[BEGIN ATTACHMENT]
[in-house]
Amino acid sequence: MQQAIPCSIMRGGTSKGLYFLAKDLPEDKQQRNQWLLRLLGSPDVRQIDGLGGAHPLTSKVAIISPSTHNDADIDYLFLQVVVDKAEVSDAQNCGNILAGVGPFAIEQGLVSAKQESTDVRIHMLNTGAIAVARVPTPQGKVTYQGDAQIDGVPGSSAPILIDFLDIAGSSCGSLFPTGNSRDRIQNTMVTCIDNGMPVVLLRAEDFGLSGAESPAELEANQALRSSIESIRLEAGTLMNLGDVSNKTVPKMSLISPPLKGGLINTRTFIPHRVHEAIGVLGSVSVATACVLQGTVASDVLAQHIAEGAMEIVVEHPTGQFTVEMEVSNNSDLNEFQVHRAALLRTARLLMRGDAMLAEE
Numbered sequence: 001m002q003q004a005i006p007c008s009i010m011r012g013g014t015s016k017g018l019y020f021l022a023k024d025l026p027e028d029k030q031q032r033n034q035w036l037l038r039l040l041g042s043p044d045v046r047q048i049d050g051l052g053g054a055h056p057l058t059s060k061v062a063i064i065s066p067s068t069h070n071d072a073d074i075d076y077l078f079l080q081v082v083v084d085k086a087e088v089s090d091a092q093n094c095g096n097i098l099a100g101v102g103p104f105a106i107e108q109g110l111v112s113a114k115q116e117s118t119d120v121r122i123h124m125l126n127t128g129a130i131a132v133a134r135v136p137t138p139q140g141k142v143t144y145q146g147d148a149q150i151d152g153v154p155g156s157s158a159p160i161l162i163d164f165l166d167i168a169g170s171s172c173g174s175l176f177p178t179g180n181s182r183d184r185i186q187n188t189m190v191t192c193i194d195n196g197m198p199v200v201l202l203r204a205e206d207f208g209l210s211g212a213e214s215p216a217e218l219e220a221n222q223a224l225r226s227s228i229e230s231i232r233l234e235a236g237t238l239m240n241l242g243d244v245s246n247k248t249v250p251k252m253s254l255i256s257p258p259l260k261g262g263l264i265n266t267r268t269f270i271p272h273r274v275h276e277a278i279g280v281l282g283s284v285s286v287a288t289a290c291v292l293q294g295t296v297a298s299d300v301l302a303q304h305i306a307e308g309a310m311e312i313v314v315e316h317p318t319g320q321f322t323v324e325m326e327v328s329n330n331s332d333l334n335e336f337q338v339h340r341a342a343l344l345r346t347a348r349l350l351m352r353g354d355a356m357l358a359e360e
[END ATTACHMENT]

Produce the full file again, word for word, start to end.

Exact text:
[in-house]
Amino acid sequence: MQQAIPCSIMRGGTSKGLYFLAKDLPEDKQQRNQWLLRLLGSPDVRQIDGLGGAHPLTSKVAIISPSTHNDADIDYLFLQVVVDKAEVSDAQNCGNILAGVGPFAIEQGLVSAKQESTDVRIHMLNTGAIAVARVPTPQGKVTYQGDAQIDGVPGSSAPILIDFLDIAGSSCGSLFPTGNSRDRIQNTMVTCIDNGMPVVLLRAEDFGLSGAESPAELEANQALRSSIESIRLEAGTLMNLGDVSNKTVPKMSLISPPLKGGLINTRTFIPHRVHEAIGVLGSVSVATACVLQGTVASDVLAQHIAEGAMEIVVEHPTGQFTVEMEVSNNSDLNEFQVHRAALLRTARLLMRGDAMLAEE
Numbered sequence: 001m002q003q004a005i006p007c008s009i010m011r012g013g014t015s016k017g018l019y020f021l022a023k024d025l026p027e028d029k030q031q032r033n034q035w036l037l038r039l040l041g042s043p044d045v046r047q048i049d050g051l052g053g054a055h056p057l058t059s060k061v062a063i064i065s066p067s068t069h070n071d072a073d074i075d076y077l078f079l080q081v082v083v084d085k086a087e088v089s090d091a092q093n094c095g096n097i098l099a100g101v102g103p104f105a106i107e108q109g110l111v112s113a114k115q116e117s118t119d120v121r122i123h124m125l126n127t128g129a130i131a132v133a134r135v136p137t138p139q140g141k142v143t144y145q146g147d148a149q150i151d152g153v154p155g156s157s158a159p160i161l162i163d164f165l166d167i168a169g170s171s172c173g174s175l176f177p178t179g180n181s182r183d184r185i186q187n188t189m190v191t192c193i194d195n196g197m198p199v200v201l202l203r204a205e206d207f208g209l210s211g212a213e214s215p216a217e218l219e220a221n222q223a224l225r226s227s228i229e230s231i232r233l234e235a236g237t238l239m240n241l242g243d244v245s246n247k248t249v250p251k252m253s254l255i256s257p258p259l260k261g262g263l264i265n266t267r268t269f270i271p272h273r274v275h276e277a278i279g280v281l282g283s284v285s286v287a288t289a290c291v292l293q294g295t296v297a298s299d300v301l302a303q304h305i306a307e308g309a310m311e312i313v314v315e316h317p318t319g320q321f322t323v324e325m326e327v328s329n330n331s332d333l334n335e336f337q338v339h340r341a342a343l344l345r346t347a348r349l350l351m352r353g354d355a356m357l358a359e360e